Stan Field, Architect
455 Lambert Ave, Palo Alto, CA, 94306
website • www.fieldarchitecture.com/splash/
e-mail • email@example.com
Stan Field’s architectural career took off after winning a coveted scholarship to do a master’s program with renowned architect Louis Kahn at the University of Pennsylvania in Philadelphia in 1968.
1968/1969 in America were highly charged times and the confluence of several great teachers at the University of Pennsylvania afforded Stan the unique opportunity of crystallizing his architectural philosophy amongst the likes of Louis Kahn in architecture, Robert Le Ricolais, the renowned structural innovator, Ian McHarg, great landscape architect and ecologist, David Crain and Edmond Bacon, urban designers.
On his return to South Africa, he started a dynamic young practice, exploring his ideas through several built works, architectural competitions and his teaching position at the University of Witwatersrand, Johannesburg. His first building, the Len Miller House, won the South African Institute of Architects’ Award of Merit. Perched on a “koppie” of huge boulders, Stan conceived of a living environment that grew out of that particular place. An organic exposed aggregate concrete form that echoed the spirit of the Transvaal, a powerful juxtaposition of man and nature in a timeless dialogue. He then was appointed by the Sandton Action Committee to create an alternative concept to the Sandton Town Center plan. Many people will remember the excitement that was generated by the “Civic Spine”, an imaginative vision of a town center as a linear development along the Jukskei River of the Northern suburbs. A high point of his architectural expression came with his submission of the Germiston Civic Center competition which was hailed by South Africa’s “Plan” magazine as having been unsurpassed. His office near the University of the Witwatersrand became a dynamic studio forum attracting a strong following of young emerging talent in those eventful years of the 70’s.
At the beginning of the 80’s Stan was drawn to Jerusalem, Israel, where he was appointed Chief Architect to the City. There he completed a highly ambitious project called “The Seam” whose objective was to connect east and west Jerusalem. What an ambition. He built numerous projects, ranging from residential clusters to institutional works, and large scale planning projects including a new town, Modi’in. Stan knew almost every stone in Jerusalem and built works in stone all of which paid homage to the collective whole of this unique city.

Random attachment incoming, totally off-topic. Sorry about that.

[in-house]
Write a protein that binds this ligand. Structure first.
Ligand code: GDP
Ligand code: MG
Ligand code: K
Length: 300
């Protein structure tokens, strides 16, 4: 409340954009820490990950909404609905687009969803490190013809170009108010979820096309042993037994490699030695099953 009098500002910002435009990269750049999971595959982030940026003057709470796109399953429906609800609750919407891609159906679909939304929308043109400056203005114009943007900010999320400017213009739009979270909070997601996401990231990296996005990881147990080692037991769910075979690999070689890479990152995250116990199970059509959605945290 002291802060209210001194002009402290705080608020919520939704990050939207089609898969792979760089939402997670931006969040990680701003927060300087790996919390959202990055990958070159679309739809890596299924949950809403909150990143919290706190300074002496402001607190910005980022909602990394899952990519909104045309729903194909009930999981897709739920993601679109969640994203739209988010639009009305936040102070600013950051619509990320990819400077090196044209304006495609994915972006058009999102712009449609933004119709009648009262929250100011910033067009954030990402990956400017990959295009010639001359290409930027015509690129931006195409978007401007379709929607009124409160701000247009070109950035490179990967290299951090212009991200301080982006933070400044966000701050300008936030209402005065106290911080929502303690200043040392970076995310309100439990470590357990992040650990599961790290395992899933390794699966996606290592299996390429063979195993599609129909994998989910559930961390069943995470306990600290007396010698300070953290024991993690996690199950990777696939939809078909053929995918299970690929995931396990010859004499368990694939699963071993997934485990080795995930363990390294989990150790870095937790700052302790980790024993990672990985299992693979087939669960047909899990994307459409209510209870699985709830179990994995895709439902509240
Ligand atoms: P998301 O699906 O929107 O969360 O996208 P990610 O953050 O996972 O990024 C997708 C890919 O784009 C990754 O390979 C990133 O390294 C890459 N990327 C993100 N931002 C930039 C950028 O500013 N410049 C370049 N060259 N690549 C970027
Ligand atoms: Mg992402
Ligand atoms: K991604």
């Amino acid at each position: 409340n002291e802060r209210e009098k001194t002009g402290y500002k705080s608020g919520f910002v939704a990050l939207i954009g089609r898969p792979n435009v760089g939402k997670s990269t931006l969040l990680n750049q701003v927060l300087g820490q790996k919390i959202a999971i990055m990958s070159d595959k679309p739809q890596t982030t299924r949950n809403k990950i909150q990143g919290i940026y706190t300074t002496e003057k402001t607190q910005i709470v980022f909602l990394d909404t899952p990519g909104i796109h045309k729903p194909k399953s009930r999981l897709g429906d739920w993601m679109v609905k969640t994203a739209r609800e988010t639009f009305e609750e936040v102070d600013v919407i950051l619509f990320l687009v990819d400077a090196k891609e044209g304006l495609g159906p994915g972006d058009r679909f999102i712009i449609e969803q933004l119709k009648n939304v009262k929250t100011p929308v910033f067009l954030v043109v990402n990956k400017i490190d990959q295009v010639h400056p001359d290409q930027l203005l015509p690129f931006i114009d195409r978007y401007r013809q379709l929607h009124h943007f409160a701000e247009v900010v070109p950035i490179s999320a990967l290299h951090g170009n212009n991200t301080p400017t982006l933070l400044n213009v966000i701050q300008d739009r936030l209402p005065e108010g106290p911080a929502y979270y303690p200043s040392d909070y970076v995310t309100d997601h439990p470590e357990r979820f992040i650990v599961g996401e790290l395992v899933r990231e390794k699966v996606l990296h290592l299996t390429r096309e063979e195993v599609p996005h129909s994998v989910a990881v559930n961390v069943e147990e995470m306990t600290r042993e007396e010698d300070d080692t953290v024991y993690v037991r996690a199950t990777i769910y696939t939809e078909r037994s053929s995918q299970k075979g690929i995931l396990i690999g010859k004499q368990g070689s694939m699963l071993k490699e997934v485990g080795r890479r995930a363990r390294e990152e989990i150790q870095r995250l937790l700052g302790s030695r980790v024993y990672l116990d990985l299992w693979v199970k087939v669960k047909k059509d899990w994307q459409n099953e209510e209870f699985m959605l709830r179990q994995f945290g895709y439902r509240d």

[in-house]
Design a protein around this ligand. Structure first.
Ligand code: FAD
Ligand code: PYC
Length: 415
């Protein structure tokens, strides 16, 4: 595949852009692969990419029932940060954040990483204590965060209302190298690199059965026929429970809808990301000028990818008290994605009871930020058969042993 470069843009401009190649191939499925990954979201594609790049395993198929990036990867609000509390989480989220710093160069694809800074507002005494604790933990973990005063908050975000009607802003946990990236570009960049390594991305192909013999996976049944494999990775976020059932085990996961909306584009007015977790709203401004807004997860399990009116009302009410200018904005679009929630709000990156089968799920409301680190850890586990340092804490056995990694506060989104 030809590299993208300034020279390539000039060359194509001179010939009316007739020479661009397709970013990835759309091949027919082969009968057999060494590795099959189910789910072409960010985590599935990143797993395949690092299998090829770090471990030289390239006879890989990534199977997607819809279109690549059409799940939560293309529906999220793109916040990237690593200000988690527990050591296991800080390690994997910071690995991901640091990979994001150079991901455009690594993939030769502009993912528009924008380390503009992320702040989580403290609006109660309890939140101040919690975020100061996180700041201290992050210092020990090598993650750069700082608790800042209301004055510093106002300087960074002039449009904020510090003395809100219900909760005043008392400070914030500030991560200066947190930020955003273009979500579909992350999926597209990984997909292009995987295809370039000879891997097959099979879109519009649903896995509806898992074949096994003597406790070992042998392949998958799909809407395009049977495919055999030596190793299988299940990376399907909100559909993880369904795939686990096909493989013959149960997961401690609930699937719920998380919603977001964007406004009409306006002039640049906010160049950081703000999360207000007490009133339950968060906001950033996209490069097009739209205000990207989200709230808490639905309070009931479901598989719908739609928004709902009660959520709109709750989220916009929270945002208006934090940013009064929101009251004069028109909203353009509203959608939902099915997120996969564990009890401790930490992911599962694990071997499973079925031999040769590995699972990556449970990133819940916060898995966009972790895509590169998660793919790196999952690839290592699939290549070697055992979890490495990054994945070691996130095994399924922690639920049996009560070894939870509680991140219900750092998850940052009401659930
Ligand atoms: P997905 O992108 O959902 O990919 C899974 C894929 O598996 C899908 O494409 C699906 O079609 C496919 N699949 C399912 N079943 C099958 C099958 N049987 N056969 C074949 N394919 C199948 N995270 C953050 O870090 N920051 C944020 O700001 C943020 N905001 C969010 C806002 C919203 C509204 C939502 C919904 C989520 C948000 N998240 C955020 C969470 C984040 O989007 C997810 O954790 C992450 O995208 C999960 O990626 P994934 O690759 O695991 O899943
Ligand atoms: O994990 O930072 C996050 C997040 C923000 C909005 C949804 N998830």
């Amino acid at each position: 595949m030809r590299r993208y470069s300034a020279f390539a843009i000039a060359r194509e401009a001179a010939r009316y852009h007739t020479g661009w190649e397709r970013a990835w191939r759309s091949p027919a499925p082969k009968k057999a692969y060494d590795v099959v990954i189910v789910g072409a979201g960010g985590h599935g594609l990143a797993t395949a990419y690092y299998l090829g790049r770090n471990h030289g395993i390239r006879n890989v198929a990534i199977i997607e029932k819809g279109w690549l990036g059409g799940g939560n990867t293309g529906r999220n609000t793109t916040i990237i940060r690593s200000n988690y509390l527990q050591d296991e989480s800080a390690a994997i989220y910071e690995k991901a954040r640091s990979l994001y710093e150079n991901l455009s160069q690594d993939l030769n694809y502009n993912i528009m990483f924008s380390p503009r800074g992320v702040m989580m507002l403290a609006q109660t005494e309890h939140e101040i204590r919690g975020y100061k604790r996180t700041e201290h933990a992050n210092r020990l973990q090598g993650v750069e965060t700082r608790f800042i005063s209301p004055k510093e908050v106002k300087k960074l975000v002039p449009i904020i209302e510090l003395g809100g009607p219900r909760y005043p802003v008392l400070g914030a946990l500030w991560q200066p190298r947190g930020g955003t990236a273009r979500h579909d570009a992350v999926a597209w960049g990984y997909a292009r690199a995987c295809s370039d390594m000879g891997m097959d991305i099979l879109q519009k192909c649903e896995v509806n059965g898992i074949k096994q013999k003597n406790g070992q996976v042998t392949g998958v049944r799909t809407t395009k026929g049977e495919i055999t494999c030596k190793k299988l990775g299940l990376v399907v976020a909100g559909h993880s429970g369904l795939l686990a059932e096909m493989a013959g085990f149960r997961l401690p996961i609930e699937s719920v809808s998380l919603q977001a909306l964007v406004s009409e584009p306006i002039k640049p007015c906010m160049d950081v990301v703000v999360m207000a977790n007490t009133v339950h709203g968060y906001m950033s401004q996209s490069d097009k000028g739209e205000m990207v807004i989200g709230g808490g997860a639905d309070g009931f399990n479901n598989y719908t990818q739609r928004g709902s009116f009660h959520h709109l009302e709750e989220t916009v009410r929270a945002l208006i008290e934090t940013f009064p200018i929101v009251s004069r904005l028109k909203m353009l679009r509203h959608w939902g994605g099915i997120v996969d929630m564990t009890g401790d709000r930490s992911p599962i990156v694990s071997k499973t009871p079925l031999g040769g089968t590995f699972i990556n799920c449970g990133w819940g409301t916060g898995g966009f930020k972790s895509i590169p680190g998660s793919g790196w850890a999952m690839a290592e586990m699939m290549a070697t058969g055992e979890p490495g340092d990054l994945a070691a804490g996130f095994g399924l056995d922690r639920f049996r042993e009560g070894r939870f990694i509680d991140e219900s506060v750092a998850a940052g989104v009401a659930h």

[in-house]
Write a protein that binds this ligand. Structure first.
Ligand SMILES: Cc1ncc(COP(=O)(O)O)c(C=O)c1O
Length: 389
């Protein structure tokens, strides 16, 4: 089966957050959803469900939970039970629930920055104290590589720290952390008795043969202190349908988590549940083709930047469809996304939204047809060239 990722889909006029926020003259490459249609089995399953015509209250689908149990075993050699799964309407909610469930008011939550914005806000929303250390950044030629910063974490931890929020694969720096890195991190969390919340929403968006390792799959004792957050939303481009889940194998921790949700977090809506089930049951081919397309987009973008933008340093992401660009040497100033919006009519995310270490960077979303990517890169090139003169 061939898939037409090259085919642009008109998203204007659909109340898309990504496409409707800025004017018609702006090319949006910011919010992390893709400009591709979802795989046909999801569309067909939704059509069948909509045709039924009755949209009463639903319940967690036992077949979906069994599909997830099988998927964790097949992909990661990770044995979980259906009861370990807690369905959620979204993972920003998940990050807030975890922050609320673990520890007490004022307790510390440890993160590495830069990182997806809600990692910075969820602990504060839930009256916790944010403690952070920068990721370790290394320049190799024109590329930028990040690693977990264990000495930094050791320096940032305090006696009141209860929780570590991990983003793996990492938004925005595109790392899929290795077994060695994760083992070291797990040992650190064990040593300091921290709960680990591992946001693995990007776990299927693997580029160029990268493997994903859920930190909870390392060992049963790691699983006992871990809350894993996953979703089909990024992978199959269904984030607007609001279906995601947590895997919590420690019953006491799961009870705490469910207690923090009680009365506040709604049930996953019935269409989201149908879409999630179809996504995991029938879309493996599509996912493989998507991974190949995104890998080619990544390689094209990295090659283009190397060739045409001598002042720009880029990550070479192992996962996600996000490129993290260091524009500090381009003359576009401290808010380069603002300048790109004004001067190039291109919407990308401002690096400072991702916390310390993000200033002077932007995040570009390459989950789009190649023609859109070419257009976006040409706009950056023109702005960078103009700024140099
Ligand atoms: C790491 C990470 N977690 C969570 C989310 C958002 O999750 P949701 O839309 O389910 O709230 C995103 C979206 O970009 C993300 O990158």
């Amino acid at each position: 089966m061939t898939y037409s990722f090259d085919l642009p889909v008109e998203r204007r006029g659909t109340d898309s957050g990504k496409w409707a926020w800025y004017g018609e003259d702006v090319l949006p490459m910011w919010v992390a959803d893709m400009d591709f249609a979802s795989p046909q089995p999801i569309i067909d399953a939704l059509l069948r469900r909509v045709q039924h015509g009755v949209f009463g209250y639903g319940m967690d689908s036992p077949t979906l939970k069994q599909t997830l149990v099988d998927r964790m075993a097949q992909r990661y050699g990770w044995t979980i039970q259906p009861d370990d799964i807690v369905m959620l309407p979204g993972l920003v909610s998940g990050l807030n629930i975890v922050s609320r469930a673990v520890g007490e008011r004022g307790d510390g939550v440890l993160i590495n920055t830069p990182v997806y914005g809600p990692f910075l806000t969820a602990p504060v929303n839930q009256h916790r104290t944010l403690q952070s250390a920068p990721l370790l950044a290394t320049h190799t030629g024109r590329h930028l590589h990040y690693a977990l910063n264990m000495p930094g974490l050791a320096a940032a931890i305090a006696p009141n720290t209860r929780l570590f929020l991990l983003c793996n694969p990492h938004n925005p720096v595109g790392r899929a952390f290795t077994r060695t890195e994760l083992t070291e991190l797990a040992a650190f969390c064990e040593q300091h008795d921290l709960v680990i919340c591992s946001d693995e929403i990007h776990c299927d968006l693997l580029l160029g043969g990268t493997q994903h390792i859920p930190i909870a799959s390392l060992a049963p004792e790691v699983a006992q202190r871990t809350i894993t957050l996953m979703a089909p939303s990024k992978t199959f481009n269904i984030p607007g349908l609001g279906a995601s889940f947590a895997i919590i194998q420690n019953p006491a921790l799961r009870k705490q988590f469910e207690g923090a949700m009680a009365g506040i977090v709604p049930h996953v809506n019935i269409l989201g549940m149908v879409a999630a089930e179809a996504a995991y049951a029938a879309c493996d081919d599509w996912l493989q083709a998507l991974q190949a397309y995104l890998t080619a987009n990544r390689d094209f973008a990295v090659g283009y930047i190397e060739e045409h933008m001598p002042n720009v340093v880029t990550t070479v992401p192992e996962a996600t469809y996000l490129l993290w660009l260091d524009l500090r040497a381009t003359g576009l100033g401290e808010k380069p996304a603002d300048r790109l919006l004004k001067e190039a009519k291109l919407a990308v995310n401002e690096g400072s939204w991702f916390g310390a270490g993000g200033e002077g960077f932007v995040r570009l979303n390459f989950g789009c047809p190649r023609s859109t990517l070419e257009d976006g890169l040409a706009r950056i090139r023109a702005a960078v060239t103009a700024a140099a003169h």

In the early 90’s Stan was appointed visiting lecturer at the University of California, Berkeley School of Architecture and immigrated to the U.S.A. together with his wife and three children, one of whom is currently studying his masters in architecture. Stan also began developing his private practice in Palo Alto, California. While teaching at Berkeley and being surrounded by world class academia, Stan’s modernist self began finding new expression. Situated at the heart of Silicon Valley at a time of incredible new discovery in technology, media and communication, he renewed his search for new form and meaning. This gave expression through a series of passionate high profile houses, each of which speaks of the dynamics of site and client interpreted through his lens. The fast growing trend embracing sustainability reawakened Stan’s natural inclination and constant search for ecological congruency. Professor Givoni’s ground-breaking research into passive heating and cooling systems in Israel afforded Stan a head start on the use of natural systems and energy efficiency in building. Whether it’s building on the coast using untreated recycled redwood and zinc as if stitched together by a loving hand or curved steel beams cantilevering beyond the seemingly possible or a seamless cube suspended in suburbia to become the new “home office” of the computer generation, Stan is expressing the times in a uniquely creative way. www.fieldarchitecture.com